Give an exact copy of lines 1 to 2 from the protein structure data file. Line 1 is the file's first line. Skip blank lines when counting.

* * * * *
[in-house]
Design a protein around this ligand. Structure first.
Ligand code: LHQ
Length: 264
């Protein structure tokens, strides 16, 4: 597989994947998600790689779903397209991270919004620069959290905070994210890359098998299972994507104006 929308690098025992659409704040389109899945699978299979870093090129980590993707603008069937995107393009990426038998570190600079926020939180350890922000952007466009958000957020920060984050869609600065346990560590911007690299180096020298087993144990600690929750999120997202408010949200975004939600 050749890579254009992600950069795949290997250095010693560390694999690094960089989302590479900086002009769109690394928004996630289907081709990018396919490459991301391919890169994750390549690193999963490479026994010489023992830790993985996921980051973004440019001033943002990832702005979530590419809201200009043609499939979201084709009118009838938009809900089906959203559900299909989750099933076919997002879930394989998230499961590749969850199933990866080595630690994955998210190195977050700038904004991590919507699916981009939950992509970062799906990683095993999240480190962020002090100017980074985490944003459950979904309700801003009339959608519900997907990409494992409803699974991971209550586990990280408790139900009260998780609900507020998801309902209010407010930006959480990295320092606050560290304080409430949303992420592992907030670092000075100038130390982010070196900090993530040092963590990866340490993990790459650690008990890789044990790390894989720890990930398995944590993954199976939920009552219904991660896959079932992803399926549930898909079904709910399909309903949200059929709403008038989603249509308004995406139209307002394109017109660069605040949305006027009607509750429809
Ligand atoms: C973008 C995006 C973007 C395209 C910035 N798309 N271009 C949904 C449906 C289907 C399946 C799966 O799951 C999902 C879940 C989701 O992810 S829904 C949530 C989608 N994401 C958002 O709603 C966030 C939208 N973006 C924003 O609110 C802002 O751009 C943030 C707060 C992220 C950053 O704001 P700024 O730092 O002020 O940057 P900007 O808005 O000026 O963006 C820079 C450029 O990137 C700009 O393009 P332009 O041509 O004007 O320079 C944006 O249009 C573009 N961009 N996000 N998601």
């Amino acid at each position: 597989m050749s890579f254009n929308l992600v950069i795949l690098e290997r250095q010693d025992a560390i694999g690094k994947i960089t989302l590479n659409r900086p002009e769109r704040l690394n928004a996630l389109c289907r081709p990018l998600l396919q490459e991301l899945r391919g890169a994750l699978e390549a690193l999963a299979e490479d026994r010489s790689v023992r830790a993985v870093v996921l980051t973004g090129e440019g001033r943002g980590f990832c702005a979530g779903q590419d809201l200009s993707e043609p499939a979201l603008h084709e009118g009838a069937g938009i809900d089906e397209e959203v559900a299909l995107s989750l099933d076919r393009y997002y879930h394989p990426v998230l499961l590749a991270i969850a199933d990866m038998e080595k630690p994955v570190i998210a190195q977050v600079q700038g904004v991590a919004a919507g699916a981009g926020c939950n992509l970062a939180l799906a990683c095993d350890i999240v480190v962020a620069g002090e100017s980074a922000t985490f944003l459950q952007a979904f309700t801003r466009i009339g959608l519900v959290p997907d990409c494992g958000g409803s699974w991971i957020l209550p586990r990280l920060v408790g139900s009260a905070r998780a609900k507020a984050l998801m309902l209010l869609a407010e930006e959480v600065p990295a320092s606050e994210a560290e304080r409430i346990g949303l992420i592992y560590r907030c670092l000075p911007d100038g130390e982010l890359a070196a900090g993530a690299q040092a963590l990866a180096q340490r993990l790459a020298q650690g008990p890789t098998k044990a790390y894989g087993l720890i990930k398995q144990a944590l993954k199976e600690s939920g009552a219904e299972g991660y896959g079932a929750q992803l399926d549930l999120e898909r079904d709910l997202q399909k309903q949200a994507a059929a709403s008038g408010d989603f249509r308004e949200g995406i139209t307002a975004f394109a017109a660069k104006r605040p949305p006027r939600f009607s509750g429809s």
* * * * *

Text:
[in-house]
Design a protein around this ligand. Structure first.